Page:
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News / Transport & Travel

Air conditioning on the tube could actually make trains hotter

Air conditioning on the tube could actually make trains hotter

If you had the misfortune of travelling on the tube during yesterday's mini-heatwave, you'll have probably been cursing the lack of air conditioning on those sweaty tube carriages. But according to Paul Priestman, chairman of design studio PriestmanGoode (the company designing the new tube trains), installing air conditioning on the tube could actually make it hotter. 

Sure, it sounds like a load of hot air. But there's some truth behind it, honest. Speaking on the BBC's Today Programme, Priestman said that the tube doors are open longer than they're shut, which means that all the cool air would spill out of the train. And to make things even sweatier, the motor for the air conditioning would also generate heat.

He added that the older, deep-level tube stations aren't ventilated enough to allow the trains to cool down. So, will we just have to sweat it out on the tube forever? Hopefully not. TfL has briefed PriestmanGoode to make the new tube trains 30 percent more efficient, which means more trains in use and less stop time on the platform, which will hopefully result in a slightly cooler temperature. But you'll have to wait at least another nine years for the cool new trains to be in action, as they're planned to launch on the Piccadilly, Bakerloo and Central lines from 2025.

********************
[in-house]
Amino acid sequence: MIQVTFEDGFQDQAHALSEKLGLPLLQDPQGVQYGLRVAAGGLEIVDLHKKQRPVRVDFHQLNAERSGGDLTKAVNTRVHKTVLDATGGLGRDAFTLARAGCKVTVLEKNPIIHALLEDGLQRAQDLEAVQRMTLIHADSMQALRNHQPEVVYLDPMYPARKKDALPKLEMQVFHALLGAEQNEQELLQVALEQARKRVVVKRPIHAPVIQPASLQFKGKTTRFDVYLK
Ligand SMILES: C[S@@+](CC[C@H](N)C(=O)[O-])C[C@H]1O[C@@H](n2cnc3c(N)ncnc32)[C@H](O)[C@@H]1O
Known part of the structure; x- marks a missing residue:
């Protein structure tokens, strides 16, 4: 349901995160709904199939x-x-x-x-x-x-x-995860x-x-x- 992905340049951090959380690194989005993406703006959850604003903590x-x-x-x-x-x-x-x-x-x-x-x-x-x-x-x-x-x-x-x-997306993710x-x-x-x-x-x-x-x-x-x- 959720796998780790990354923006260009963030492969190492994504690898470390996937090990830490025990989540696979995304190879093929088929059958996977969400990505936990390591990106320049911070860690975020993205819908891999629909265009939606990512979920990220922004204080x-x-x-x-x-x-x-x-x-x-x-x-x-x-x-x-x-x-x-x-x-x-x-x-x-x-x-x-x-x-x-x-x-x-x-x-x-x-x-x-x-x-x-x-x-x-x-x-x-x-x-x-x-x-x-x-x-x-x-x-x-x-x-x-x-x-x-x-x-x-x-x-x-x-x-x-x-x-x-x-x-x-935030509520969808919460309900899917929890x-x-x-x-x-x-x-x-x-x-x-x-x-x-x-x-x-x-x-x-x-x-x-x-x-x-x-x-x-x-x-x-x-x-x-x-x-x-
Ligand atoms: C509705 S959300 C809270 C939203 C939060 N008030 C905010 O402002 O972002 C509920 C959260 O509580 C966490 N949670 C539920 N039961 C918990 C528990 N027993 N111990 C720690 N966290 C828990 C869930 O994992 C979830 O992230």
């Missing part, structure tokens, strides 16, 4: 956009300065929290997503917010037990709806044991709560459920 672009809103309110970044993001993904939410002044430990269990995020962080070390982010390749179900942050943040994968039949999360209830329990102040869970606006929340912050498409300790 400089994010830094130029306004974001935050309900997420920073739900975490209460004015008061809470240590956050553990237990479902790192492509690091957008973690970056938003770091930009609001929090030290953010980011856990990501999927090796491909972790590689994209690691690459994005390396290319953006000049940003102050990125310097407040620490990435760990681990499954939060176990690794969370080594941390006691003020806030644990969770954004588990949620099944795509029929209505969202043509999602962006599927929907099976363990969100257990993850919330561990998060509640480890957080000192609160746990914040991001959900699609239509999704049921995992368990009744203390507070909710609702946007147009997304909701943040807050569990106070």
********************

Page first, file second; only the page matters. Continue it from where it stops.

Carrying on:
Photo: Chris Billington

In other tube news, all the adverts at Clapham Common tube station have been replaced with pictures of cats

And this is the worst tube station for pickpocketing



Matthew D

The 'dwell times' at most stations is about 20 seconds and at the most busiest stations in the busiest peak periods  it's 60 seconds (and 70 at Canary Wharf).  So I'm not sure how he expects a train to travel to its next destination in 20 seconds.  Also, its always a problem working out how to get the hot air away from the tube/station as aircon practically works like a fridge - condition the air, remove the heat and replace with cool. When you're in a tunnel getting rid of the hot air is problematic so the new trains may have to carry the hot air with it until they reach an open section, or a vacuuming spot for eg the Victoria line.

Rik J

They seem to manage to air-con the subway in NY with no problems, and it's way cheaper, this all sounds like bullshit to me.

Chris C

Tube doors cannot possibly be open for more time than they are closed!